Gilliland, CAPT, USNR Retired

This represents one account of many incidents I experienced while serving aboard the minesweeper, USS HERON (AMS-18), during the Korean War. I recall it happening some time during 1951. I was an officer with the rank of Ensign. The ship had a complement of 4 officers and 28 enlisted men. We operated in waters all around the Korean peninsula, from the Hungnam and Chongjin area on the Northeast Korean coast (facing the Sea of Japan) to Inchon on the Northwest Korean coast (facing the Yellow Sea). The lion's share of our work occurred in the vast outer and inner Wonsan harbor and greater Bay of the entire Wonsan-Hungnam area.

The incident reported here happened just about sunset on the lee side of a very small island inside the Wonsan harbor. I believe we called the island, Rei To (pronounced rye tow). Rei To was routinely occupied

Taken about 1 second after the mine was exploded with 50 cal fire.

ENS Gilliland, The EO (Engineering Officer). The helmet is now at snorkel depth. I lost it over the side later.

and used by the U. S. Marines as an observation point and a spotter location for interdiction fire in support of U. S. surface warfare ships and for fighter-bomber raids from the U. S. Air Force and aircraft from U. S. aircraft carriers. Those carriers operated just off the coast, out of sight from land, within minutes of access to the battle areas and rail and transportation hubs that supplied the North Korean military forces.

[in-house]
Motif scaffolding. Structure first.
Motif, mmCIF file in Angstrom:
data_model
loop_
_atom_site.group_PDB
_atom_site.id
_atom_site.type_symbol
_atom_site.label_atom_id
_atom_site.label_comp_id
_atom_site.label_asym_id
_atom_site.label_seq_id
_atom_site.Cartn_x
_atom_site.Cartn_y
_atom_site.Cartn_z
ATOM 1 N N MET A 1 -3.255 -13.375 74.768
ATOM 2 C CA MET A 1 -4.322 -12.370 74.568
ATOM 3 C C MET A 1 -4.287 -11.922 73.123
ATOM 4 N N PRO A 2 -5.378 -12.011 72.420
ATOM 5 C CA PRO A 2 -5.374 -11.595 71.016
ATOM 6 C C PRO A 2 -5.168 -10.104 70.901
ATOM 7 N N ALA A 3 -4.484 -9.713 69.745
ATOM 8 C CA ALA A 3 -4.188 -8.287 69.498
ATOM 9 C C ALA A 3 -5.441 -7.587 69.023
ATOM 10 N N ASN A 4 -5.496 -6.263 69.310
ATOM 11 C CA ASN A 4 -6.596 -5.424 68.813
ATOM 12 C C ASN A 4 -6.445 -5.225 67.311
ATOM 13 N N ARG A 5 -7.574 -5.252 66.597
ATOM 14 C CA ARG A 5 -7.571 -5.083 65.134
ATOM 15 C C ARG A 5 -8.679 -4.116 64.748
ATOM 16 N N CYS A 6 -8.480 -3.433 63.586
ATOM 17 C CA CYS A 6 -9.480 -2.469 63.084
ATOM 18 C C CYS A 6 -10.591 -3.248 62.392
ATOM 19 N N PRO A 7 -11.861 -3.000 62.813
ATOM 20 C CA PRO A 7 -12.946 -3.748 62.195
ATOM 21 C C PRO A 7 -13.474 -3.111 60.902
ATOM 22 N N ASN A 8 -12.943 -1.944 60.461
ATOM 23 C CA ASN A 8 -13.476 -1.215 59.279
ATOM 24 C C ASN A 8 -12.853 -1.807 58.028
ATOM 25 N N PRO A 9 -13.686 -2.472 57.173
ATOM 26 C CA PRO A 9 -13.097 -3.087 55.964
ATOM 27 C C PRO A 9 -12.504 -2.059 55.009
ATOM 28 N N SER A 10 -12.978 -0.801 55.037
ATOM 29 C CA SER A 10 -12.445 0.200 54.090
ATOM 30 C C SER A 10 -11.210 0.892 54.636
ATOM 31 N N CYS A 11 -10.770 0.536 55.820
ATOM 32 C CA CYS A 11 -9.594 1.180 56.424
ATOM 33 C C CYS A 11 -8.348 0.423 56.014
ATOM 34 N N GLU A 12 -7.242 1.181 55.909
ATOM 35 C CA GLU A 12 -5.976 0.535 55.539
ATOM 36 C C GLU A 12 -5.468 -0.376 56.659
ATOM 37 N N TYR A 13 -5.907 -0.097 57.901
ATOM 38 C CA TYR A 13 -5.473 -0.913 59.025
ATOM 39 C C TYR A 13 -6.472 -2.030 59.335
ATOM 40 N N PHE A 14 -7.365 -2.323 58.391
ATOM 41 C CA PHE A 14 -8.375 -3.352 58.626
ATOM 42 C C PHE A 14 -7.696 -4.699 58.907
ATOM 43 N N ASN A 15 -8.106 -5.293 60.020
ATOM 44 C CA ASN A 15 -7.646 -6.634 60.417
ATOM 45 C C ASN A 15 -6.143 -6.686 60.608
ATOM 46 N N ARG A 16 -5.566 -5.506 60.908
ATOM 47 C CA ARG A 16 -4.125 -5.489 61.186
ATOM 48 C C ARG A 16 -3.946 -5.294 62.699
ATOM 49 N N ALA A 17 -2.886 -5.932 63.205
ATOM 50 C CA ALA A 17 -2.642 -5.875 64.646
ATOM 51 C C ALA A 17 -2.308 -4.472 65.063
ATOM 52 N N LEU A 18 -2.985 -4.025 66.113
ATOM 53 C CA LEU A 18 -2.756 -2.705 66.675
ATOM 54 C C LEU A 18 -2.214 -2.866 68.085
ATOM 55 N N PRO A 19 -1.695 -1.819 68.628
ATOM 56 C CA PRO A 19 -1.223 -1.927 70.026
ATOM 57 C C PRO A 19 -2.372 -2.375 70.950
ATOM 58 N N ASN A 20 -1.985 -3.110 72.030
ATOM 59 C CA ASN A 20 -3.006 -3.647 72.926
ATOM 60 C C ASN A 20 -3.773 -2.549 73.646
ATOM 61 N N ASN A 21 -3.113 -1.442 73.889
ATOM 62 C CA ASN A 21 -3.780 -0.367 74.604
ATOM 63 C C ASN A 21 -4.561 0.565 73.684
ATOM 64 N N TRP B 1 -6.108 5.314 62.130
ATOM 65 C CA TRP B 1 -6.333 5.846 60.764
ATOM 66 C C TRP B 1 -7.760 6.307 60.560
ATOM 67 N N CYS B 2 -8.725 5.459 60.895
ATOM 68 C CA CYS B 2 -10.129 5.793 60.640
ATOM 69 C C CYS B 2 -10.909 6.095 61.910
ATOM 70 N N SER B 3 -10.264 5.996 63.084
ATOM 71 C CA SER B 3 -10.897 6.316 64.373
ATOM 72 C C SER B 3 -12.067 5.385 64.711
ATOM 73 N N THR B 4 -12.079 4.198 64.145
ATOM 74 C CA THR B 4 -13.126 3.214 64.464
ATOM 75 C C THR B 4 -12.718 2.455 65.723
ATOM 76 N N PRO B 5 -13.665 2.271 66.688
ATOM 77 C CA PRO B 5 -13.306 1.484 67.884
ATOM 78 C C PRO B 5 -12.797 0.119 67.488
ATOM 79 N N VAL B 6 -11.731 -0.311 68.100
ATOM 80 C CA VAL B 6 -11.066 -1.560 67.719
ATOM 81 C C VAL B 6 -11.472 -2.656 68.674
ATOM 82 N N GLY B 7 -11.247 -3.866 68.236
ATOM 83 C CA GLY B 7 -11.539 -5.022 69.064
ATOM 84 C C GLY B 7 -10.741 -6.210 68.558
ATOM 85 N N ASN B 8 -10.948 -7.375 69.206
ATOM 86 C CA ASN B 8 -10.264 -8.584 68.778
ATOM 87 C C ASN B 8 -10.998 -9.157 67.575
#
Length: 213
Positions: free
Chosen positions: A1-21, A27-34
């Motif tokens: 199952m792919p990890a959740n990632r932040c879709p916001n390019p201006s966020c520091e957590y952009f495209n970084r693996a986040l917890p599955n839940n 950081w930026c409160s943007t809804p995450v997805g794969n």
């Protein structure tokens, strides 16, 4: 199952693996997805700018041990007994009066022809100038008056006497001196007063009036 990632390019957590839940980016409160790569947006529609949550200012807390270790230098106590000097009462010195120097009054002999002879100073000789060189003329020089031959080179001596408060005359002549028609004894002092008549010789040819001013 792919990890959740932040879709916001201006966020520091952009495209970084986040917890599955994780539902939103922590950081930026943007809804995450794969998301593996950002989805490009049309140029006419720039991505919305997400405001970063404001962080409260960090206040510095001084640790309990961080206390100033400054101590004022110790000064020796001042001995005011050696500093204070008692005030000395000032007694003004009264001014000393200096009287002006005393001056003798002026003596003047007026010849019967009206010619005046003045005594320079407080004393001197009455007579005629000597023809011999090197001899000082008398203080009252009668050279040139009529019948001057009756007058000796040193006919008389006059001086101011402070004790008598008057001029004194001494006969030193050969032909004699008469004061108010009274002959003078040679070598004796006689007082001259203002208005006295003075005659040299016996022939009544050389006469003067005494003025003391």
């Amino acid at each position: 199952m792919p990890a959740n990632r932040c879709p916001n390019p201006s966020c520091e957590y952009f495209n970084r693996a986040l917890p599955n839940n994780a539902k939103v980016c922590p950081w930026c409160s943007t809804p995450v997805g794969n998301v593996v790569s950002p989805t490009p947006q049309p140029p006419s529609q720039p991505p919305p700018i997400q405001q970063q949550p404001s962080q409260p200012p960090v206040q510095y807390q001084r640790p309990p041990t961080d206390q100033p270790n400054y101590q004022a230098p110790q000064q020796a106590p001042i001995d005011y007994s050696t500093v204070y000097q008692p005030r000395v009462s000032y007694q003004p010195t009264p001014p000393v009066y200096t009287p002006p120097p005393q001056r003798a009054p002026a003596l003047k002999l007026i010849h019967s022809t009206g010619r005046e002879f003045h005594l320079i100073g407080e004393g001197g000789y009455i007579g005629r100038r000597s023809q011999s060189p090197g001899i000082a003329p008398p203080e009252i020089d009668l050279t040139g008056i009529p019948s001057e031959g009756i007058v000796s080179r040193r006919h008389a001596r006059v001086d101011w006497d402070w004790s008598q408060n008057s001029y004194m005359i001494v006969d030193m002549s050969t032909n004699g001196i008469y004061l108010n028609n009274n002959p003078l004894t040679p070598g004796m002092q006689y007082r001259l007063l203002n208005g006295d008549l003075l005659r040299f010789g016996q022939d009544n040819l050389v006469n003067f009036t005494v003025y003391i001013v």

The wartime routine of the minesweeping fleet involved sweeping the entire harbor area during daylight hours and pulling patrol duty during nights to prevent the North

Koreans from re-mining the sea lanes and to help U.S. forces maintain the maritime naval blockade of the peninsula. The three ships that comprised my particular division were the USS HERON (AMS-18), and two sister ships, USS FIRECREST (AMS-10), and USS WAXBILL (AMS-39). Several other divisions of the minesweeping fleet included a large assortment of AMS's, AMs, and even a few DMSs (Destroyer/minesweepers).